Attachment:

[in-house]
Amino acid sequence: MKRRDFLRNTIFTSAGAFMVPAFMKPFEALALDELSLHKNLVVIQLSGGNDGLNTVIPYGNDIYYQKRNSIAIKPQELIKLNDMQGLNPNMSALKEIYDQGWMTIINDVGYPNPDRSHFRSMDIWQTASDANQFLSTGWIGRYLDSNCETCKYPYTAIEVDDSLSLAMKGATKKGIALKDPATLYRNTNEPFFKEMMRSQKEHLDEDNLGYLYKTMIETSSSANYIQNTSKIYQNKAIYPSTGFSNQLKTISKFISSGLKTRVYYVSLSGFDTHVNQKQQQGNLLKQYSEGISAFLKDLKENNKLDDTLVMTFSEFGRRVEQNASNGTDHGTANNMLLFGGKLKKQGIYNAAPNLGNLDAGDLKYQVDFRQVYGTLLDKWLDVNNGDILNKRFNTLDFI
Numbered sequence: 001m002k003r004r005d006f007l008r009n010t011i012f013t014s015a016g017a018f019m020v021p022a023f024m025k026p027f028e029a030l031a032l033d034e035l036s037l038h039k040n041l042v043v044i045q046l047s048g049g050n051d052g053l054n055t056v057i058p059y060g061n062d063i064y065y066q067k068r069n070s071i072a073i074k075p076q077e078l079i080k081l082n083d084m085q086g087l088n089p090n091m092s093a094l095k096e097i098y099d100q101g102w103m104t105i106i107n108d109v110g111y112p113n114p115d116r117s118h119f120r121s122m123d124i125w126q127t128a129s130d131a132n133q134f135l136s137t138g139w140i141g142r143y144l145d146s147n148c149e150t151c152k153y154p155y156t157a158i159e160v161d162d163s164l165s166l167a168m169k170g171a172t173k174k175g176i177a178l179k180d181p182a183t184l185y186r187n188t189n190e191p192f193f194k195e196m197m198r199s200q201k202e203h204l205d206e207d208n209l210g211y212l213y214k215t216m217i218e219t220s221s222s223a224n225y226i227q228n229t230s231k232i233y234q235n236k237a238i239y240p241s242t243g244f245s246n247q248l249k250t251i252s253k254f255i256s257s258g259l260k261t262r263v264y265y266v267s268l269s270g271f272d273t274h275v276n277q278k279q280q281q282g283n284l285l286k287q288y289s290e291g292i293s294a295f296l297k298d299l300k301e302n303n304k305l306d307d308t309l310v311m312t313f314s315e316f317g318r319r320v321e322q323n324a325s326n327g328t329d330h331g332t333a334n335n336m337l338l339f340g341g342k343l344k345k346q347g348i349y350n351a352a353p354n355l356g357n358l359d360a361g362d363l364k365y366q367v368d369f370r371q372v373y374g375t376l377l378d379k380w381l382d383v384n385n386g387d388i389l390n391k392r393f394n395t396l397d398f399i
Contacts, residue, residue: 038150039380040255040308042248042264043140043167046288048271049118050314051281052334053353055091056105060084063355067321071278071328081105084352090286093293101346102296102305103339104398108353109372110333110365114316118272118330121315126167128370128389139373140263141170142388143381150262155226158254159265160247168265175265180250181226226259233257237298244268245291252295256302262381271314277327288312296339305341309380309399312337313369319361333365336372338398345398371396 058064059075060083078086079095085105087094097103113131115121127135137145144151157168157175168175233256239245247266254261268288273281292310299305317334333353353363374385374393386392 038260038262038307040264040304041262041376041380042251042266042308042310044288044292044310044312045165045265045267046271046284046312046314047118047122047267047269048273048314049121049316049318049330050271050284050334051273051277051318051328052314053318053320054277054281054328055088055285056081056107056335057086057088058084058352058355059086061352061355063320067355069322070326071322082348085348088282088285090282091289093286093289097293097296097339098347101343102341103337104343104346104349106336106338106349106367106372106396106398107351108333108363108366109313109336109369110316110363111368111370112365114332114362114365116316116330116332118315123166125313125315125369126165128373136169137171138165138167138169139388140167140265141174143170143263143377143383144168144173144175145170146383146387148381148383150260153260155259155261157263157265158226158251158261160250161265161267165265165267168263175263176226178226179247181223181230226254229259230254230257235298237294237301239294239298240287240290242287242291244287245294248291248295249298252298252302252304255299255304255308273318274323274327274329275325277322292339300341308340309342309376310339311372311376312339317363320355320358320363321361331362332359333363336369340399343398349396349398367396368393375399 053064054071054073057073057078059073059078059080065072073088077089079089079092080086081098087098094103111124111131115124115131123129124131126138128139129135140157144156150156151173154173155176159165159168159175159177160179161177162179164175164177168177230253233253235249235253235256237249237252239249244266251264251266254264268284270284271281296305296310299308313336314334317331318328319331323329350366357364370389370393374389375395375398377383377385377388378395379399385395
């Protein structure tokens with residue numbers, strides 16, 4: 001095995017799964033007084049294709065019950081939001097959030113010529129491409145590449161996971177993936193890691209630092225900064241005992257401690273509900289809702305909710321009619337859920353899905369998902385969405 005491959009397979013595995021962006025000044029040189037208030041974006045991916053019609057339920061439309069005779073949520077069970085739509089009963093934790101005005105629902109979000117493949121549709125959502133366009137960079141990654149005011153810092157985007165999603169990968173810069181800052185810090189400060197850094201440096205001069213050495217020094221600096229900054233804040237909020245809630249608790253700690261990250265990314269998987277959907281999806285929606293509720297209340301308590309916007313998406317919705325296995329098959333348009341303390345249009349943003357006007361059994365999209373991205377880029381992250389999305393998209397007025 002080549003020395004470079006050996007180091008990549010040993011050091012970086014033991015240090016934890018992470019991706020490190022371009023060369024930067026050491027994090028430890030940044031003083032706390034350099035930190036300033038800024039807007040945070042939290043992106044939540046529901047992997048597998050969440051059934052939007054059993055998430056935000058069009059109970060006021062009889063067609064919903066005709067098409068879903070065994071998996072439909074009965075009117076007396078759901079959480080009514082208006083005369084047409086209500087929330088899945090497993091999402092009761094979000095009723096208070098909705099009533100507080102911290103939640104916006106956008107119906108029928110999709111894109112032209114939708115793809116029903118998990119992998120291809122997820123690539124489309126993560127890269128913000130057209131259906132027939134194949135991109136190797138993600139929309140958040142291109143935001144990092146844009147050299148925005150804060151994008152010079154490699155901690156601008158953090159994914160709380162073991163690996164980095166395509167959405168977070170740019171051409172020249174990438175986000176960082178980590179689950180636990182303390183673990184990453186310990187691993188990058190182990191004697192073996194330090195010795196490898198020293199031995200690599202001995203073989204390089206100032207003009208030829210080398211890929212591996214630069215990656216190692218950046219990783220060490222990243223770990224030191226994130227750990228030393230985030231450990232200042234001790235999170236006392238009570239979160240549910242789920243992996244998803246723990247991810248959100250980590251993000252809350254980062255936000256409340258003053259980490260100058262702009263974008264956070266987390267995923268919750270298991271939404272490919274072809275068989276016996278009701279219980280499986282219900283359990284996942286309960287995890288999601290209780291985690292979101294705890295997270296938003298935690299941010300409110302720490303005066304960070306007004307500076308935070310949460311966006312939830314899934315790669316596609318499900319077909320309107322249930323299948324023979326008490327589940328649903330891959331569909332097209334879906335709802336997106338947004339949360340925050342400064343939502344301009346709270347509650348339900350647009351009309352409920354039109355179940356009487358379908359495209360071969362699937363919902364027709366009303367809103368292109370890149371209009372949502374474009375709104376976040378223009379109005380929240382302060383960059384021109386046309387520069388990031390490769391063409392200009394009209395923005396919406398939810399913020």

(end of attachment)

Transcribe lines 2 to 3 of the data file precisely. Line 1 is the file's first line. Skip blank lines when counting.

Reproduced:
Amino acid sequence: MKRRDFLRNTIFTSAGAFMVPAFMKPFEALALDELSLHKNLVVIQLSGGNDGLNTVIPYGNDIYYQKRNSIAIKPQELIKLNDMQGLNPNMSALKEIYDQGWMTIINDVGYPNPDRSHFRSMDIWQTASDANQFLSTGWIGRYLDSNCETCKYPYTAIEVDDSLSLAMKGATKKGIALKDPATLYRNTNEPFFKEMMRSQKEHLDEDNLGYLYKTMIETSSSANYIQNTSKIYQNKAIYPSTGFSNQLKTISKFISSGLKTRVYYVSLSGFDTHVNQKQQQGNLLKQYSEGISAFLKDLKENNKLDDTLVMTFSEFGRRVEQNASNGTDHGTANNMLLFGGKLKKQGIYNAAPNLGNLDAGDLKYQVDFRQVYGTLLDKWLDVNNGDILNKRFNTLDFI
Numbered sequence: 001m002k003r004r005d006f007l008r009n010t011i012f013t014s015a016g017a018f019m020v021p022a023f024m025k026p027f028e029a030l031a032l033d034e035l036s037l038h039k040n041l042v043v044i045q046l047s048g049g050n051d052g053l054n055t056v057i058p059y060g061n062d063i064y065y066q067k068r069n070s071i072a073i074k075p076q077e078l079i080k081l082n083d084m085q086g087l088n089p090n091m092s093a094l095k096e097i098y099d100q101g102w103m104t105i106i107n108d109v110g111y112p113n114p115d116r117s118h119f120r121s122m123d124i125w126q127t128a129s130d131a132n133q134f135l136s137t138g139w140i141g142r143y144l145d146s147n148c149e150t151c152k153y154p155y156t157a158i159e160v161d162d163s164l165s166l167a168m169k170g171a172t173k174k175g176i177a178l179k180d181p182a183t184l185y186r187n188t189n190e191p192f193f194k195e196m197m198r199s200q201k202e203h204l205d206e207d208n209l210g211y212l213y214k215t216m217i218e219t220s221s222s223a224n225y226i227q228n229t230s231k232i233y234q235n236k237a238i239y240p241s242t243g244f245s246n247q248l249k250t251i252s253k254f255i256s257s258g259l260k261t262r263v264y265y266v267s268l269s270g271f272d273t274h275v276n277q278k279q280q281q282g283n284l285l286k287q288y289s290e291g292i293s294a295f296l297k298d299l300k301e302n303n304k305l306d307d308t309l310v311m312t313f314s315e316f317g318r319r320v321e322q323n324a325s326n327g328t329d330h331g332t333a334n335n336m337l338l339f340g341g342k343l344k345k346q347g348i349y350n351a352a353p354n355l356g357n358l359d360a361g362d363l364k365y366q367v368d369f370r371q372v373y374g375t376l377l378d379k380w381l382d383v384n385n386g387d388i389l390n391k392r393f394n395t396l397d398f399i